Homestaging Tips to get your Home Sold!

 
 
 
Hello Everyone,

The most important thing you can do to prepare your home for sale is to get rid of clutter. Make a house rule that for every new item that comes in, an old one has to leave. One of the major contributors to a cluttered look is having too much furniture. When professional stagers descend on a home being prepped for market, they often whisk away as much as half the owner’s furnishings, and the house looks much bigger for it. You don’t have to whittle that drastically, but take a hard look at what you have and ask yourself what you can live without. Here are some tips.

 
1.) Furniture Groupings

There’s a common belief that rooms will feel larger and be easier to use if all the furniture is pushed against the walls, but that isn’t the case. Instead, furnish your space by floating furniture away from walls. Reposition sofas and chairs into cozy conversational groups, and place pieces so that the traffic flow in a room is obvious. Not only will this make the space more user-friendly, but it will open up the room and make it seem larger.

2.) Musical Furniture

Give yourself permission to move furniture, artwork and accessories among rooms on a whim. Just because you bought that armchair for the living room doesn’t mean it won’t look great anchoring a sitting area in your bedroom. And try perching a little-used dining-room table in front of a pretty window, top it with buffet lamps and other accessories, and press it into service as a beautiful writing desk or library table.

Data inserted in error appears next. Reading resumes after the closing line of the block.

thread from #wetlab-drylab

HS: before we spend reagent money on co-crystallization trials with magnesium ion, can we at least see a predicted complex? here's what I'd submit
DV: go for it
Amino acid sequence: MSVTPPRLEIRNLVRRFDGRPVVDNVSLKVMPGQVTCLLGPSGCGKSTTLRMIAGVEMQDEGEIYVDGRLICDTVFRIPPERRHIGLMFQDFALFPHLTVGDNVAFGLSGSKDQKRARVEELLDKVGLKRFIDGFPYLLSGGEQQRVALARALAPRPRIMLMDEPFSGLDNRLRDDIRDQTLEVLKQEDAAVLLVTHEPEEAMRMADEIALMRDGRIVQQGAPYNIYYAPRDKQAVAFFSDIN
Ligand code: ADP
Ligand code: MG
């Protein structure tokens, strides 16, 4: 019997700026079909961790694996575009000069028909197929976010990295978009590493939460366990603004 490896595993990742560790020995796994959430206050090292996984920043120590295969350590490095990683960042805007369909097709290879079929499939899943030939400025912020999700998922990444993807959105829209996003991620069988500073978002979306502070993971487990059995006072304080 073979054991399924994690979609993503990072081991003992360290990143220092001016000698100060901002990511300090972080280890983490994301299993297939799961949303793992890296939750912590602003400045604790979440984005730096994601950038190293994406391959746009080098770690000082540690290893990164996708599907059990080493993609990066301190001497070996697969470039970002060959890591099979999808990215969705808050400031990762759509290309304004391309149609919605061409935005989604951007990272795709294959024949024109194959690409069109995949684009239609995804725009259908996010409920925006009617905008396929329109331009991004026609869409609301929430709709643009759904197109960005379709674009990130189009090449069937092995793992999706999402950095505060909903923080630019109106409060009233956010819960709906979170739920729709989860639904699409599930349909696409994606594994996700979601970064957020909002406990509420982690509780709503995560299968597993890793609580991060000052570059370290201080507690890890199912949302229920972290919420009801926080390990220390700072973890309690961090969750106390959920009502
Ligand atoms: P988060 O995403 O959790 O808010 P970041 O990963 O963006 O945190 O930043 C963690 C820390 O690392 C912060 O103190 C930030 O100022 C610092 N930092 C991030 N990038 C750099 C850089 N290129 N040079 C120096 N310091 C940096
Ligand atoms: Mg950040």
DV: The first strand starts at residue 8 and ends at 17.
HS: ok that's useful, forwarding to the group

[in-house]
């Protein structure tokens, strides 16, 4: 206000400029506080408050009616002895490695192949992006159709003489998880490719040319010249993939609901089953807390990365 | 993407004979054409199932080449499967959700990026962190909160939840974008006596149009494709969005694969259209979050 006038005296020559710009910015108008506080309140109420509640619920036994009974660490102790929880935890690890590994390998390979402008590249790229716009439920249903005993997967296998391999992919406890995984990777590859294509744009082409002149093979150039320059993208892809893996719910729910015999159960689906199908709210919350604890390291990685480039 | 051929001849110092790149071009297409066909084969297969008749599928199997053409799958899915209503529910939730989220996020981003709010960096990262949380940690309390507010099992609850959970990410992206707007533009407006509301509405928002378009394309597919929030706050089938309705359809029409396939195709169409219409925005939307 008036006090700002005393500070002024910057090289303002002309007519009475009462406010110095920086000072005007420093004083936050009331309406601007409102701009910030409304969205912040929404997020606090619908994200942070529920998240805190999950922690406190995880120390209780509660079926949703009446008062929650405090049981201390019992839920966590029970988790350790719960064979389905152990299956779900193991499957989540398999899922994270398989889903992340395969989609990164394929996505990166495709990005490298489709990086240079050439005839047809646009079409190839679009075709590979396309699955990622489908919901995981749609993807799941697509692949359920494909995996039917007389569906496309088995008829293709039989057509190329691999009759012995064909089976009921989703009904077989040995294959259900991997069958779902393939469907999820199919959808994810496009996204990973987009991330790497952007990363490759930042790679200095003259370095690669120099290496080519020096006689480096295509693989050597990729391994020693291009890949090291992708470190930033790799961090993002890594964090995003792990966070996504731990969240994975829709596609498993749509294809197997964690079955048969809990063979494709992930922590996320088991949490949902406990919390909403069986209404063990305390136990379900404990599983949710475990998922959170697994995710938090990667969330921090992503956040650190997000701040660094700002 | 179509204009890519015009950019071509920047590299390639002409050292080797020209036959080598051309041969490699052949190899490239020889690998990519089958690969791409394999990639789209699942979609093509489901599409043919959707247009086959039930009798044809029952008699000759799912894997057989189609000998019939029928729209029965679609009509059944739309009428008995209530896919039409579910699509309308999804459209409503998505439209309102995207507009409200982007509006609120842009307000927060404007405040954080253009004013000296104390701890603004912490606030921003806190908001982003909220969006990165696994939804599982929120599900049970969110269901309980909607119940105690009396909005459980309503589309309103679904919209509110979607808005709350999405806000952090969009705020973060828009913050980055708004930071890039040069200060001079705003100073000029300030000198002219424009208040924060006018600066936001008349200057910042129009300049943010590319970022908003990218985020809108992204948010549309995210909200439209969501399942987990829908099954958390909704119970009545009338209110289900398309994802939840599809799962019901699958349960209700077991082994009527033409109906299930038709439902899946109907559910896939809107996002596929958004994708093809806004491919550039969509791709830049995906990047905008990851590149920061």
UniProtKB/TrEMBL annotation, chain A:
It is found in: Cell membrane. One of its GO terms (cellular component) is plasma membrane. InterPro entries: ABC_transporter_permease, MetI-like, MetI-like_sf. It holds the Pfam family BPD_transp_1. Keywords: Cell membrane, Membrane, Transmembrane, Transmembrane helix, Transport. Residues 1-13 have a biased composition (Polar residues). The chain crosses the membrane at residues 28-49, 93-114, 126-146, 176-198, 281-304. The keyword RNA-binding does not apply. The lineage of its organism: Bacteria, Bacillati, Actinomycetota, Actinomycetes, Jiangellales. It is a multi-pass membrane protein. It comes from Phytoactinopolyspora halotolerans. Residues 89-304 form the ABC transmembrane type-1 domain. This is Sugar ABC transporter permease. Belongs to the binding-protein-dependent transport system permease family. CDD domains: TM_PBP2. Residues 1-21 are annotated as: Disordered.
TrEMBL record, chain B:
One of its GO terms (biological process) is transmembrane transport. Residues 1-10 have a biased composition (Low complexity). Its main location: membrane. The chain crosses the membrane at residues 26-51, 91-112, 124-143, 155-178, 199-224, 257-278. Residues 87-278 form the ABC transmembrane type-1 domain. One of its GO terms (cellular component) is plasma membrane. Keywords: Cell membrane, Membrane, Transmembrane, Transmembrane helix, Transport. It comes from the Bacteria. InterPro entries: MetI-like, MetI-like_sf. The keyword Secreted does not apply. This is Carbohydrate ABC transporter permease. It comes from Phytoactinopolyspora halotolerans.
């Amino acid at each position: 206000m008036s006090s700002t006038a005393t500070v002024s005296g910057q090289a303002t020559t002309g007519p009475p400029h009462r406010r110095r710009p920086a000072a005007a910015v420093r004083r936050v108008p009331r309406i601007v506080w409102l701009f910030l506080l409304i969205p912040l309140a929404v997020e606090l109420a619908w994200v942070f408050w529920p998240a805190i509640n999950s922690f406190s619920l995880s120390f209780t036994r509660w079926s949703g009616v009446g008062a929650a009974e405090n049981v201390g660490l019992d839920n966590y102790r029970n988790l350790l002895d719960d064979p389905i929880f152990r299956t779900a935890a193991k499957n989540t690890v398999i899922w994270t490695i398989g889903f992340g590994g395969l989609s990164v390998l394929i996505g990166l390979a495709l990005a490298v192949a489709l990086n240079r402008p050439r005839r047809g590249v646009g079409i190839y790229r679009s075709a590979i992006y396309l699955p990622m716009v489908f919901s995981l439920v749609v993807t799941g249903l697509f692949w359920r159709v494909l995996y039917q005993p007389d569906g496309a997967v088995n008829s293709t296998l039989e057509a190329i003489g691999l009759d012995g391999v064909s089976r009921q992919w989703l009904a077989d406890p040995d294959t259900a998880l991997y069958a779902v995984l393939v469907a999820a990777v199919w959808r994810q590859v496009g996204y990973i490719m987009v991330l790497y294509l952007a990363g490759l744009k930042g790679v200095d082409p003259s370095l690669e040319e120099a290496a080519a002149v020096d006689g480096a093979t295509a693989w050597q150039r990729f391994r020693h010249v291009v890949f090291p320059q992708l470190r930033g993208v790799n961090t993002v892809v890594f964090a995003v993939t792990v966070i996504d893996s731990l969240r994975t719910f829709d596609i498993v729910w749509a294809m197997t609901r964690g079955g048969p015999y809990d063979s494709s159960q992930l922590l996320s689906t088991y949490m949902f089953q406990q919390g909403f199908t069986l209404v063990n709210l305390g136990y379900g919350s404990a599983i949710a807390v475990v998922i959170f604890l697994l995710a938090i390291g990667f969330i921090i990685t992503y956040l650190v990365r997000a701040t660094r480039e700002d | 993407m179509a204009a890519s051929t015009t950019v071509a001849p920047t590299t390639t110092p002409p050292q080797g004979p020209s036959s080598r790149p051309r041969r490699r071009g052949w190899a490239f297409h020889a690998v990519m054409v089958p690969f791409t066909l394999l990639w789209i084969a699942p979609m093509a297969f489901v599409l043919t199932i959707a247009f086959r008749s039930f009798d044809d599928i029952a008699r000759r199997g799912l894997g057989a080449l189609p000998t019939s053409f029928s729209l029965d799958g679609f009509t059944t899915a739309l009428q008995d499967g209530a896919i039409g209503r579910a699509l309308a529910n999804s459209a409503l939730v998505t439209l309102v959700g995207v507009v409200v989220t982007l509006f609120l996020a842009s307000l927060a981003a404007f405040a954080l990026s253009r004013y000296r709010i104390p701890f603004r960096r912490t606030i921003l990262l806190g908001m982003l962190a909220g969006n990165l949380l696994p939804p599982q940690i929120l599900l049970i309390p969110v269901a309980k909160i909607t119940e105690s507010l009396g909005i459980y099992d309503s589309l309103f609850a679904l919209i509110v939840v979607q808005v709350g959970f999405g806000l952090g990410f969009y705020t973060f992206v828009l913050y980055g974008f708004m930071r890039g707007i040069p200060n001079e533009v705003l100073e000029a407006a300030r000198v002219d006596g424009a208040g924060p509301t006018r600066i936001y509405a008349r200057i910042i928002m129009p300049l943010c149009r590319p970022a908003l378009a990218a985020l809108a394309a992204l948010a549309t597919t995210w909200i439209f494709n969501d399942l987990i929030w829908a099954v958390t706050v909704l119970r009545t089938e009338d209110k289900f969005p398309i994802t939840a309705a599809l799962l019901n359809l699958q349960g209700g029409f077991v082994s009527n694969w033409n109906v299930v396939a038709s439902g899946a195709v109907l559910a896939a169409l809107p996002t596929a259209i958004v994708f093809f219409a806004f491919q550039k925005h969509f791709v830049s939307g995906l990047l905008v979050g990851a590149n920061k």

3.) Room Transformation

If you have a room that serves only to gather junk, repurpose it into something that will add to the value of your home. The simple addition of a comfortable armchair, a small table and a lamp in a stairwell nook will transform it into a cozy reading spot. Or drape fabric on the walls of your basement, lay inexpensive rubber padding or a carpet remnant on the floor and toss in a few cushy pillows. Voila – a new meditation room or yoga studio.

4.) Home Lighting

One of the things that make staged homes look so warm and welcoming is great lighting. As it turns out, many of our homes are improperly lighted. To remedy the problem, increase the wattage in your lamps and fixtures. Aim for a total of 100 watts for each 50 square feet. Don’t depend on just one or two fixtures per room, either. Make sure you have three types of lighting: ambient (general or overhead), task (pendant, under-cabinet or reading) and accent (table and wall).

5.) Make It Bigger